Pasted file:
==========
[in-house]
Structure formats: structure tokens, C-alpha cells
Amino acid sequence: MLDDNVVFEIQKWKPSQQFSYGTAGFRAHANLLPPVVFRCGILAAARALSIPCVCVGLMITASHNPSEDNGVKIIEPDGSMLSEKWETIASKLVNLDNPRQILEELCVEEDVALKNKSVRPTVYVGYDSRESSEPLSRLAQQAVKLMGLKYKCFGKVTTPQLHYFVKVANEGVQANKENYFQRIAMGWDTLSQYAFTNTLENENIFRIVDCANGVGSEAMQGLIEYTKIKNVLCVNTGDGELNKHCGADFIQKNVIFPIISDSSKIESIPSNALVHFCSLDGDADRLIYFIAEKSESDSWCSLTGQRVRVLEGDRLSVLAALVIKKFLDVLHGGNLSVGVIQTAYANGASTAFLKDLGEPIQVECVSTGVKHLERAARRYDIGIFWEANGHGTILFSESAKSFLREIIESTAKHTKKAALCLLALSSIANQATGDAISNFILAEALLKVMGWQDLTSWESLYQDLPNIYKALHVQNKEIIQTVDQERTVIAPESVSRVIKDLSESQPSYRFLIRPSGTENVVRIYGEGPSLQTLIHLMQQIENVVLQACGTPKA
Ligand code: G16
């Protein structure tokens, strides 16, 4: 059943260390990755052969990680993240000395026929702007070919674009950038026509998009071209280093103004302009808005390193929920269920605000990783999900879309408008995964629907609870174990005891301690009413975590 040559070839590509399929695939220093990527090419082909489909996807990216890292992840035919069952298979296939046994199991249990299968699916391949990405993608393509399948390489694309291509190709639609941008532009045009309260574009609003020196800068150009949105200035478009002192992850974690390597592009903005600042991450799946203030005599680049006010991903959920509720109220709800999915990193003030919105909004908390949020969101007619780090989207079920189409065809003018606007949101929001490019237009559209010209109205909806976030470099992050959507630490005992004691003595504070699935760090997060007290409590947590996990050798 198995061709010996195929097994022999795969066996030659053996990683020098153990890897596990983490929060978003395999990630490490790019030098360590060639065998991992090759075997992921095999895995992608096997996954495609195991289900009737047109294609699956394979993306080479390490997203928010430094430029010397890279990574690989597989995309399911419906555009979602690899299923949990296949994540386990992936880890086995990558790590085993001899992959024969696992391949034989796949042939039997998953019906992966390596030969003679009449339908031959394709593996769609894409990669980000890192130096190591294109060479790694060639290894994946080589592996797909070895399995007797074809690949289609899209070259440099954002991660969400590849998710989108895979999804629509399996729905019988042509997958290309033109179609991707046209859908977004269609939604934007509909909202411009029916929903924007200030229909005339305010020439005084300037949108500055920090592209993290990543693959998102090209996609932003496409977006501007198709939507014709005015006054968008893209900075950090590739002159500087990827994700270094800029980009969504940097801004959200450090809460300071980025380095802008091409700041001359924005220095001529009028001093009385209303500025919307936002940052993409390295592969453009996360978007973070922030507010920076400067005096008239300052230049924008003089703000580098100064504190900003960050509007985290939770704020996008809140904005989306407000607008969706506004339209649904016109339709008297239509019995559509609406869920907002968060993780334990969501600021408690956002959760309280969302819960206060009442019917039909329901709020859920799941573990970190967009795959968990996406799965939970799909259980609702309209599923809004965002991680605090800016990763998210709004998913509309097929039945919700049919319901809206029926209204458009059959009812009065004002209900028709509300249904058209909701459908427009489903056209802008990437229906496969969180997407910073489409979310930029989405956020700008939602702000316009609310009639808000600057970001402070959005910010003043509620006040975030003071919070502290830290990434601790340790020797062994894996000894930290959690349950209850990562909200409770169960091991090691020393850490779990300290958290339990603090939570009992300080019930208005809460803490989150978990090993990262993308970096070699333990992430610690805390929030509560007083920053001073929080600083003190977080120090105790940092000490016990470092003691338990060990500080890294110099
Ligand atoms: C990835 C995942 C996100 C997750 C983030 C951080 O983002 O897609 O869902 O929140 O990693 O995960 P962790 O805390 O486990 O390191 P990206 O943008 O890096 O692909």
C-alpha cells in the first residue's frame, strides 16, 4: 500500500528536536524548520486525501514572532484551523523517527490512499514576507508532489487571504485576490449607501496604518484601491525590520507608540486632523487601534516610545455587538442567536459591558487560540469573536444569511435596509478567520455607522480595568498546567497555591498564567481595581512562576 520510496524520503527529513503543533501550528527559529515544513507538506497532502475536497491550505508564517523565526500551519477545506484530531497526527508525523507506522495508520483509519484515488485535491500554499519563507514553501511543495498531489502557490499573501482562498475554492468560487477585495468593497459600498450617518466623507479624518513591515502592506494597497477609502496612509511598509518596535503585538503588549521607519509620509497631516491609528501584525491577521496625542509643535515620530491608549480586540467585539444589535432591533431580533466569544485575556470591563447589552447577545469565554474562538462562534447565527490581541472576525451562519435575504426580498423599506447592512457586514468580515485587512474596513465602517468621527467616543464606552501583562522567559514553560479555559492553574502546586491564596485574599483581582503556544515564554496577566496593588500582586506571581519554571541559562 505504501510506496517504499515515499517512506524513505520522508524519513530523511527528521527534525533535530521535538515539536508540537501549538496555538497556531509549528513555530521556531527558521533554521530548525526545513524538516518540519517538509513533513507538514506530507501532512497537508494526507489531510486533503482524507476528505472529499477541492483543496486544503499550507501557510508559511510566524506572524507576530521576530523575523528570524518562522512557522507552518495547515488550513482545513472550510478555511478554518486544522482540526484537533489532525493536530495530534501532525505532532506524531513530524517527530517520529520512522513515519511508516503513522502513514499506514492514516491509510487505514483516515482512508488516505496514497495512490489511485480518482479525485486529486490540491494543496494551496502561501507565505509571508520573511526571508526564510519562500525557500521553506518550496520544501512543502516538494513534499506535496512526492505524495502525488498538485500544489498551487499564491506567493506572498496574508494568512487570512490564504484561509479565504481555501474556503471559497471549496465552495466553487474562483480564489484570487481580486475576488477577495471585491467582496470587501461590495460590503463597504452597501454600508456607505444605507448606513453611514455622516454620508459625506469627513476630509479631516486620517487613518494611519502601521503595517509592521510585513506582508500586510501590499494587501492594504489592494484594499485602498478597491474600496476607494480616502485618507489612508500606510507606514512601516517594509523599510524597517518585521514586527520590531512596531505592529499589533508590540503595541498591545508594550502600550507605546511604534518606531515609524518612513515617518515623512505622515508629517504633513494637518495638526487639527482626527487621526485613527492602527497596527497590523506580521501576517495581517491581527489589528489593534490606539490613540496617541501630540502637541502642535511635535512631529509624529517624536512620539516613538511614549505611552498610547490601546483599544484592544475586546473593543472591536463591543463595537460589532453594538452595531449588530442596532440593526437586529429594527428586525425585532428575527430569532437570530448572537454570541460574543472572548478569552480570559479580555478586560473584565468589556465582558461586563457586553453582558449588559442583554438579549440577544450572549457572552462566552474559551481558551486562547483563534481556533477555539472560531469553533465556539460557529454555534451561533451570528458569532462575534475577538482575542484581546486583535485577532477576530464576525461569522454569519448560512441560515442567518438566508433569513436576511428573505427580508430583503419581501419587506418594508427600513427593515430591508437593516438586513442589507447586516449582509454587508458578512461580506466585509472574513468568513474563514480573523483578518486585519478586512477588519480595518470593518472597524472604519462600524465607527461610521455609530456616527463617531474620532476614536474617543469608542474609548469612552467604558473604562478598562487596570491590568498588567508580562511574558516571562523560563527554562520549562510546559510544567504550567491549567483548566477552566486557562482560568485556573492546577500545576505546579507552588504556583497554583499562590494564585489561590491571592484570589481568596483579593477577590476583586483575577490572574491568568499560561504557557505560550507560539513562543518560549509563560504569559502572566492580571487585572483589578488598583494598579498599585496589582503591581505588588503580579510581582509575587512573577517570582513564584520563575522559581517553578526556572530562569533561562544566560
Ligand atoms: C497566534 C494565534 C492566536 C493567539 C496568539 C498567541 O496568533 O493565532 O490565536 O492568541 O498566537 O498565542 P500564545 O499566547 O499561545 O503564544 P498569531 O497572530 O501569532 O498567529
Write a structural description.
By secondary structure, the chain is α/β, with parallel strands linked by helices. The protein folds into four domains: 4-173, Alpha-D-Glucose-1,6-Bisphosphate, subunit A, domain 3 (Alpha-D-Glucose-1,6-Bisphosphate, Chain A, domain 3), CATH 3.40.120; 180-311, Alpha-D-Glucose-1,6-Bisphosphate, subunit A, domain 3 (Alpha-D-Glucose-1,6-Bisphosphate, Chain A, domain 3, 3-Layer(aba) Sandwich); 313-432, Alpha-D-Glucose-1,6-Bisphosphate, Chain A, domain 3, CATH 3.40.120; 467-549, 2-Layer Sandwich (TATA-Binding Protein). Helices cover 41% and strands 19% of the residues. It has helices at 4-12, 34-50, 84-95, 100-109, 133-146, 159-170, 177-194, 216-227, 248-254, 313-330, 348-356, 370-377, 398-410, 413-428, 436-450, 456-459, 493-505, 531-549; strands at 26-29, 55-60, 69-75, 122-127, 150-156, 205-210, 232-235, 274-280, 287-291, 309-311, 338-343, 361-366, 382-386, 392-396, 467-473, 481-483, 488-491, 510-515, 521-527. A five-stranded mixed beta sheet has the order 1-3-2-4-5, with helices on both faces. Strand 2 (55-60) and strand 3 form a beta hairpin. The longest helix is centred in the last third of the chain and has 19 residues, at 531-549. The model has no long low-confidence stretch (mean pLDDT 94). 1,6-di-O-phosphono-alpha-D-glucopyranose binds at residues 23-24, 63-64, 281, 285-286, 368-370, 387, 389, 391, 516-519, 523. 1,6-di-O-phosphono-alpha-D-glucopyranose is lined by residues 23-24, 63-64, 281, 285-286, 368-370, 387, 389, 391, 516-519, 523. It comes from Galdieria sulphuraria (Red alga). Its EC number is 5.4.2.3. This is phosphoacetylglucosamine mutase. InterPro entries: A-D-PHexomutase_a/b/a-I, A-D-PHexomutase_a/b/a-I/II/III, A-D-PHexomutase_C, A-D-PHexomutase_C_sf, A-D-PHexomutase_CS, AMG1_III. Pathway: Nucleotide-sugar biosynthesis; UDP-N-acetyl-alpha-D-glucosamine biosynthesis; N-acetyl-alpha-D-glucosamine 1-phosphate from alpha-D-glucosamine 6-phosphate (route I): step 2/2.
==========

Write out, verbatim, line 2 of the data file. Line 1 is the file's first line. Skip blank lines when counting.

Structure formats: structure tokens, C-alpha cells